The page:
Overland Journey to India

The Mahmoudye Canal connects Alexandria with Atfeh, a navigable point on the Nile. This important public work was begun in 1819, and completed in little more than six months, having been opened on the 24th of January 1520. It is forty-eight miles in length, ninety feet across, and about eighteen feet in depth. For a long distance, the banks of the canal are ornamented on one side by neat villas, with most beautiful shrubberies and flower-gardens in front of them. The little kiosks, or summer-seats, consisting in a circle of benches, shadowed by lofty trees, almost hang over the banks. The canal is nowhere strait, and passes along a country so perfectly level, that locks are not required. One only exists at Ada. As many as a hundred and fifty thousand people are said to have been employed in the excavation of the canal: the inhabitants of all the villages in Lower Egypt were marched down to the stations respectively assigned to them, one month's pay having been advanced to enable them to supply themselves with provisions. The assemblage of so enormous a multitude, which would have formed a double line from end to end of the canal, had they stood as close as possible to each other, was sure to be productive of fatal results; and accordingly twenty thousand are understood to have perished on the occasion. Provisions ran scanty, many fell victims to starvation, and pestilence swept many more away. Two-thirds of them were without tools or clothing of any kind whatever, groping up the mud, and lifting it out with their hands. The last portion of this statement appeared to myself incredible, until I had seen people engaged in cleaning out a portion of an old canal near the Lake Mareotis. They dug with their hands into the soft mud, until a portion about a cubic foot in size was detached; this was passed on to the nearest workman, and so conveyed by others to the bank. Not one vestige of implement or attire was possessed, or apparently desired by them.

The banks of the canal are sufficiently high to intercept the view of the adjoining country, so that, after passing the villas already alluded to, there is really nothing to be seen. A good sailing-boat traversed the distance in eight hours; one, tugged by horses, in ten. A small high-pressure steamer is presently employed, which goes snort, snorting along at the rate of about five miles an hour. The boats containing the passengers and luggage are towed behind. We started at half-past six, and were no less than eleven hours on the canal, reaching Atfeh on the Nile at half-past five. It has always been my fortune to pass this filthy little village late at night, or early in the morning, so as scarcely to be able to see it, and the matter did not seem entitled to excite much regret. On reaching the Nile, the traveler finds a neatly-kept and commodious steamer awaiting him not very roomy, but such as passengers, if not numbering more than fifty, may put up with without much discomfort. In going up the Nile, several large works for assisting the irrigation of the country are passed.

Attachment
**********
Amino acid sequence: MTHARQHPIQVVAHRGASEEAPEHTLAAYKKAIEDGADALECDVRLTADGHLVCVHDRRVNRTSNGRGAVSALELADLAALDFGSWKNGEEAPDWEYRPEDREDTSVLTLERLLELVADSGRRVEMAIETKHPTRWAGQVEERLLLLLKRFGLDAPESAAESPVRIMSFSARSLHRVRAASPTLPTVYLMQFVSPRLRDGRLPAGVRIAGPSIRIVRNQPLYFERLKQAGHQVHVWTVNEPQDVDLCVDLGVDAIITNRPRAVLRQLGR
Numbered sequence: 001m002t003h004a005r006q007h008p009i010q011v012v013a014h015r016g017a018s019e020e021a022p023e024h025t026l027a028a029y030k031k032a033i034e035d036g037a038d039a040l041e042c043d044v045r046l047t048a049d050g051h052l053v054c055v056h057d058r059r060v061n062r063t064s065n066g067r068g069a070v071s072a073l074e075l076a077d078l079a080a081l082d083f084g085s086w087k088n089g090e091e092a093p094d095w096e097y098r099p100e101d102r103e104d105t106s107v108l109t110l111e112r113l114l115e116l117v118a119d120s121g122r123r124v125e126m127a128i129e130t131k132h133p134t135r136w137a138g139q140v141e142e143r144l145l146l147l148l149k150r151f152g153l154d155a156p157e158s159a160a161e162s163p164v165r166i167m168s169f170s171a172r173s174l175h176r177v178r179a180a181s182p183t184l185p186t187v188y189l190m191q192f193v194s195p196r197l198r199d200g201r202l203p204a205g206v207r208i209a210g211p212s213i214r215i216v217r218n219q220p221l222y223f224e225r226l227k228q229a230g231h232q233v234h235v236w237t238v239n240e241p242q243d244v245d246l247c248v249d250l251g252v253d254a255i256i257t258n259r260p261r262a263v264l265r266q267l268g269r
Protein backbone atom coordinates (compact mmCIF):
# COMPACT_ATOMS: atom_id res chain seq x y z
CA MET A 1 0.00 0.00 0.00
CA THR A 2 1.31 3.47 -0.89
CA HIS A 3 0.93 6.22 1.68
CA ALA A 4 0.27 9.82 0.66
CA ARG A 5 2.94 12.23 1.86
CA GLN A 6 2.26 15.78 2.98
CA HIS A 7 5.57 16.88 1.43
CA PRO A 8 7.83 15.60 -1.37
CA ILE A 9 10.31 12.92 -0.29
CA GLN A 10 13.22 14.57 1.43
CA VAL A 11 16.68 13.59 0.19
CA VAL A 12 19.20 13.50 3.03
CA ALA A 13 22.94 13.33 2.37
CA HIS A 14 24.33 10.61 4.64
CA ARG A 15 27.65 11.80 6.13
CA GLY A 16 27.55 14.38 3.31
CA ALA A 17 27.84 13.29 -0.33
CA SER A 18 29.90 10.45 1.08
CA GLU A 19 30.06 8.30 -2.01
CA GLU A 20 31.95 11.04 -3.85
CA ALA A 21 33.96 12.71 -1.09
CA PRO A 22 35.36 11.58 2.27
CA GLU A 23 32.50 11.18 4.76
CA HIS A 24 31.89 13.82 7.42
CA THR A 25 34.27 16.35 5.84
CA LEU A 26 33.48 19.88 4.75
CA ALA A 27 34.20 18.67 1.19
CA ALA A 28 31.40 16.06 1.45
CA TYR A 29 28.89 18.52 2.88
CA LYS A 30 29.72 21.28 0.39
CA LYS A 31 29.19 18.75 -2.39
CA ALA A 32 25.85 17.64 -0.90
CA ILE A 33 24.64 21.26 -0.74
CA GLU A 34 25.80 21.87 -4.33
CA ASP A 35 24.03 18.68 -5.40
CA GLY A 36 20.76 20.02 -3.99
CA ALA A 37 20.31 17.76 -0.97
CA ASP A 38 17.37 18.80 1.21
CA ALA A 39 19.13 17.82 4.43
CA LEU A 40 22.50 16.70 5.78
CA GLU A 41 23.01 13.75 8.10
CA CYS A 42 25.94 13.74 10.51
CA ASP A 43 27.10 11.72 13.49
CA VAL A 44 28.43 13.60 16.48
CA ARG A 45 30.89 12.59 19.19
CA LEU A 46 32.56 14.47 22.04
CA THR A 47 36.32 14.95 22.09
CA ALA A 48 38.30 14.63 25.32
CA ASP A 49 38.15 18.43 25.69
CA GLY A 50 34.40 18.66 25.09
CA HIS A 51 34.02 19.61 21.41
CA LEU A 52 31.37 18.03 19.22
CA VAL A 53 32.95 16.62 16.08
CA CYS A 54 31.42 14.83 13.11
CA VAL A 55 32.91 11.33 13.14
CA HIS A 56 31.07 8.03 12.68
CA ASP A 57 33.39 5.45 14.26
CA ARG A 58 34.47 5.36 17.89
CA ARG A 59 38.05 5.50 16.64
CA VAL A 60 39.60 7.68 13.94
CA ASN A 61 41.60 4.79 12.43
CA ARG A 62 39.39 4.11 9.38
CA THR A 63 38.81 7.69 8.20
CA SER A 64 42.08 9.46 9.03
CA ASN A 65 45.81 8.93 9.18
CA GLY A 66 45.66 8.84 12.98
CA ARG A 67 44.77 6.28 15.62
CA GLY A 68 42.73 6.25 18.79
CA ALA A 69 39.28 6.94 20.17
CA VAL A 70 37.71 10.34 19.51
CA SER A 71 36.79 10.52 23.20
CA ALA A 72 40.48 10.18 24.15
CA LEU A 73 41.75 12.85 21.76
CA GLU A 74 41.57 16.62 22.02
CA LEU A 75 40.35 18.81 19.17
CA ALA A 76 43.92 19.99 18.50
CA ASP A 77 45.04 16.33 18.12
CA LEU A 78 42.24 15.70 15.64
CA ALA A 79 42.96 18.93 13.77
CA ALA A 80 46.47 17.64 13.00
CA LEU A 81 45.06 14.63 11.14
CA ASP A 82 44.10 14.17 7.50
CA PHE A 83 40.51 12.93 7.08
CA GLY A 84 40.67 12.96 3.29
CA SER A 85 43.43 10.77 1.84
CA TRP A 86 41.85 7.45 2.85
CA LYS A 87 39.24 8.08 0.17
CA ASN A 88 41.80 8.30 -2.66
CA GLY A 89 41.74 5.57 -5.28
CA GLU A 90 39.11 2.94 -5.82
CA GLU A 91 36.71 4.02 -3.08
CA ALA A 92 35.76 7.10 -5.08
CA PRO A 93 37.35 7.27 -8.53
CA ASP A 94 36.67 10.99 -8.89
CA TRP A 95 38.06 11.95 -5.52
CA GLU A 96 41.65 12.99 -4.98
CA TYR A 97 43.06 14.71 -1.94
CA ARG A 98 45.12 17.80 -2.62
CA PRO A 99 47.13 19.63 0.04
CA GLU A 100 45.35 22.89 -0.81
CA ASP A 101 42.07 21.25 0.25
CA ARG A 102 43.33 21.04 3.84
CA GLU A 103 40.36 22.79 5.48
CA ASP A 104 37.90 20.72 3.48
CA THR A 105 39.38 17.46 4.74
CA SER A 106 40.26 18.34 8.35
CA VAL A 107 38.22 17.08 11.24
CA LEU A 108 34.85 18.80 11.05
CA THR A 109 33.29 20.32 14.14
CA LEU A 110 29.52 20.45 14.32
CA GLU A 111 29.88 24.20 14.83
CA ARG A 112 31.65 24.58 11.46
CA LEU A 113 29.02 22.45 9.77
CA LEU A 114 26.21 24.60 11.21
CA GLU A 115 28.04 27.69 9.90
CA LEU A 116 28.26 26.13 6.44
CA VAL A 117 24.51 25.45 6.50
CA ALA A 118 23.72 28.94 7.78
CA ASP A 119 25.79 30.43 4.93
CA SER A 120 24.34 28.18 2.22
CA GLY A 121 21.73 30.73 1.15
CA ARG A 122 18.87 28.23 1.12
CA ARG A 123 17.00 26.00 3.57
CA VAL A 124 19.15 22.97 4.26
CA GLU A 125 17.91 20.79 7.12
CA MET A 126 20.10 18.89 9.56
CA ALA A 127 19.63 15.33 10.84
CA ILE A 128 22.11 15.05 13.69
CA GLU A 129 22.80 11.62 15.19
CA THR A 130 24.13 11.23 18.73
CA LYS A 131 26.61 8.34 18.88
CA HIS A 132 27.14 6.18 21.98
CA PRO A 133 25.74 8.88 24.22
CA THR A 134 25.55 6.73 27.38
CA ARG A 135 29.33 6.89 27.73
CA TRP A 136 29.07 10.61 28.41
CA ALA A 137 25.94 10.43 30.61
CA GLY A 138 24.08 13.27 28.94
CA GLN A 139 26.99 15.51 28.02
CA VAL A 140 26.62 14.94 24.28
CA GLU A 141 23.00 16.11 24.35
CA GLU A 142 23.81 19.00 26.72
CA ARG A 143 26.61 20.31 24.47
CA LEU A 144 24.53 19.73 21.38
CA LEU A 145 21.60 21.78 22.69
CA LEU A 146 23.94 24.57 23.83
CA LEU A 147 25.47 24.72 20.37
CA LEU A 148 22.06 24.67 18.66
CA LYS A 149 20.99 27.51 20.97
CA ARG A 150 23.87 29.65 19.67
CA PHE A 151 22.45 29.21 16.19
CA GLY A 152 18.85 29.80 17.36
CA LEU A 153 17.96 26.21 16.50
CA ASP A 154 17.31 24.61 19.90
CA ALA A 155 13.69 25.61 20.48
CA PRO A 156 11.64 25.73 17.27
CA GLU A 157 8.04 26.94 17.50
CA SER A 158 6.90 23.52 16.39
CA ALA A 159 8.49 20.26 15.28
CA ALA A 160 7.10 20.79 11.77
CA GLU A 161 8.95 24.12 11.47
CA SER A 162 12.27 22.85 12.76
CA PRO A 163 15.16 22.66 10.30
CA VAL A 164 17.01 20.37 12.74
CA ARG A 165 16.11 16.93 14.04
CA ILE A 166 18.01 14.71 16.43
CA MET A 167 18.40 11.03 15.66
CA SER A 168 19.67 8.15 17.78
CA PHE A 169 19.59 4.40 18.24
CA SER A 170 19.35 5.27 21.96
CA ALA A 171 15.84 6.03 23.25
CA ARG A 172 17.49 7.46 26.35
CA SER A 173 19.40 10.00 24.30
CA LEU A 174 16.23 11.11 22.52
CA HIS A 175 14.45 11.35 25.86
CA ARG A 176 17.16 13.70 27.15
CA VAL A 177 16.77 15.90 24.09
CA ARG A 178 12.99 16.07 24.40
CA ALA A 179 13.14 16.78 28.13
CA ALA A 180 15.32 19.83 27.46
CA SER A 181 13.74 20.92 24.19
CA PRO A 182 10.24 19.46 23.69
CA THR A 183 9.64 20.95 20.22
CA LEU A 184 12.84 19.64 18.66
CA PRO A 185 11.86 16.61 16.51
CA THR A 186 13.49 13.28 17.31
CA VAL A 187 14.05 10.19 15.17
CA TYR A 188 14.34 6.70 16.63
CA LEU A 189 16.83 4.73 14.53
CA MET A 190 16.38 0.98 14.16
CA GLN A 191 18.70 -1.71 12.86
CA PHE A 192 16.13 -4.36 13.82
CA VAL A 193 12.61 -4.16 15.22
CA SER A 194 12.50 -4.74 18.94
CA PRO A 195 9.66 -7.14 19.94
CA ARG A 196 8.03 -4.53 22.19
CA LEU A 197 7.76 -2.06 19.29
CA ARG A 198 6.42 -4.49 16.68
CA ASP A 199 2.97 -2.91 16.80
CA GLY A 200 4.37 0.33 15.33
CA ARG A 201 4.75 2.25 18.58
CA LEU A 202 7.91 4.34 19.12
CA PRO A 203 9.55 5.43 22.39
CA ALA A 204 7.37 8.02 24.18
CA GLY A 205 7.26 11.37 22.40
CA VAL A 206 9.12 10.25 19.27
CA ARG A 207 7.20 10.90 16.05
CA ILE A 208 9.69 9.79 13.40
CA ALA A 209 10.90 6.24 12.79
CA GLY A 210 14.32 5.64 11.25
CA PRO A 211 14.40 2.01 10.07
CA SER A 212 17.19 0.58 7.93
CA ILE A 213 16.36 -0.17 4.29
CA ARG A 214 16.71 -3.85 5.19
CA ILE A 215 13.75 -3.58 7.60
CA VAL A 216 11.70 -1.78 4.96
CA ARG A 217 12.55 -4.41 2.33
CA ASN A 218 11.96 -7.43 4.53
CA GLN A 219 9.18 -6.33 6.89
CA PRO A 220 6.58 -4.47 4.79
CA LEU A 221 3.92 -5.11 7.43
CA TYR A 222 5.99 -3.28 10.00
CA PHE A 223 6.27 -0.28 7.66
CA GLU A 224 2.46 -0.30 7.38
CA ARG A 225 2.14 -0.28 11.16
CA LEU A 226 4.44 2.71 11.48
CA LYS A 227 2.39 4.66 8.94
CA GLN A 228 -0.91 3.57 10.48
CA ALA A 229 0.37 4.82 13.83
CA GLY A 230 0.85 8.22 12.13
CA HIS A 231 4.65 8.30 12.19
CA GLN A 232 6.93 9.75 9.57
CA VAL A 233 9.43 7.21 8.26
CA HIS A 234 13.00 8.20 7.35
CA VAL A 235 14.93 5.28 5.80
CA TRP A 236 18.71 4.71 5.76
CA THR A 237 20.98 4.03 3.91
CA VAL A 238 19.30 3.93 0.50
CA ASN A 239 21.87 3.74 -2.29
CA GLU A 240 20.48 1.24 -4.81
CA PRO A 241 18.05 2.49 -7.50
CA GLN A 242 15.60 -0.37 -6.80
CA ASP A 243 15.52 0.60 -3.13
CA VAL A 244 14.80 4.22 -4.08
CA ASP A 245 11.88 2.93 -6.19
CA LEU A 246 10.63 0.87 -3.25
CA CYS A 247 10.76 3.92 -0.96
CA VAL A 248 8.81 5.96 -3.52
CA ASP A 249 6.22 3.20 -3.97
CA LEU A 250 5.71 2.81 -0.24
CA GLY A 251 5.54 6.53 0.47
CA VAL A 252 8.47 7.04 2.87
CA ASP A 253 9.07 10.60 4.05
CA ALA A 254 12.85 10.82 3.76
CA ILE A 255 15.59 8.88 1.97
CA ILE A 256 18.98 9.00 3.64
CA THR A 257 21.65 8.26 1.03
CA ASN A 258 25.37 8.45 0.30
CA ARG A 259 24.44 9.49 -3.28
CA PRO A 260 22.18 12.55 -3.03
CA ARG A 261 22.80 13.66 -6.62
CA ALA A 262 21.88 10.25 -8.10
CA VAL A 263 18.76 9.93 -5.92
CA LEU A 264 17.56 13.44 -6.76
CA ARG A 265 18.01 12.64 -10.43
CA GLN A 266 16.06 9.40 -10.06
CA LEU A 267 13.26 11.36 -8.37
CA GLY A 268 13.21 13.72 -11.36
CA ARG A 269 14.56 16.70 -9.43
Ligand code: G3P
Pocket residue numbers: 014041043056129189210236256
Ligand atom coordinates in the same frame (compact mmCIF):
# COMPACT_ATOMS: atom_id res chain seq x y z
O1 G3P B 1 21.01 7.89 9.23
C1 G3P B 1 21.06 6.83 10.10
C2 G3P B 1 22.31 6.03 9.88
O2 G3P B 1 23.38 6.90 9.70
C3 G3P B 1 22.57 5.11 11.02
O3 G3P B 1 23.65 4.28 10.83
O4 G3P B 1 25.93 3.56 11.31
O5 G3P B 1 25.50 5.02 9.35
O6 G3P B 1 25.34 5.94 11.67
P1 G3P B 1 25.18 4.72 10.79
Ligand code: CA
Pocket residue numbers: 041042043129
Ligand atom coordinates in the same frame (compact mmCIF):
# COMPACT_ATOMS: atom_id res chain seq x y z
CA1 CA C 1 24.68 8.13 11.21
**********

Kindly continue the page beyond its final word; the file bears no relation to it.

One who has examined the magnificent specimens of grain now grown in England, is exceedingly disappointed on examining that for which Egypt, for thirty centuries, has been famous. I collected many specimens in 1840: it is exceedingly prolific on the root, but not more so than grain at home thinly sown on rich soil. The stalks of the barley are seldom above eighteen or twenty inches long each root produces from six to twenty-five stems, fifteen being about the average. There are six rows of grains or pickles on each stalk, each row containing at an average about ten grains, so that the return from the seed in from six to nine hundred. The roots are from six to fourteen inches from each other, and I do not believe that an acre of land in Egypt will yield nearly so much grain, by measure or weight, as a similar surface in England - both under present cultivation. The barley itself, when rubbed out, would have been little short of unsaleable in average season at home, so thin, husky, and poor it was. It is trampled out of the straw by oxen, and cleared of chaff by the wind. The straw is chopped or cut up into what we in India call boosa, by an implement closely resembling a turnip-sowing harrow, drawn over it by oxen, each roller being armed with three or four circular cutters. The crop which most surprises by its abundance is tobacco, vast fields of which extend in all directions. Nor is it to be wondered at that the cultivation of this narcotic should rival in extent that of grain, or roots, or fruits for human food. In Egypt, every man who can afford it smokes at every hour of the day. The dull and watery eye, the want of energy and enterprise apparent in all, tell too plainly how the drug is doing its work. It is sad to see Englishmen reducing themselves to the level of Turks, as is too often the case, by the filthy and degrading practice of everlasting smoking. A singular variety of raft, consisting of a framework of slight sticks, buoyed up by a vast number of earthen pots, is frequently to be seen on the Nile. They appear to be chiefly employed in carrying coarse earthenware down the river.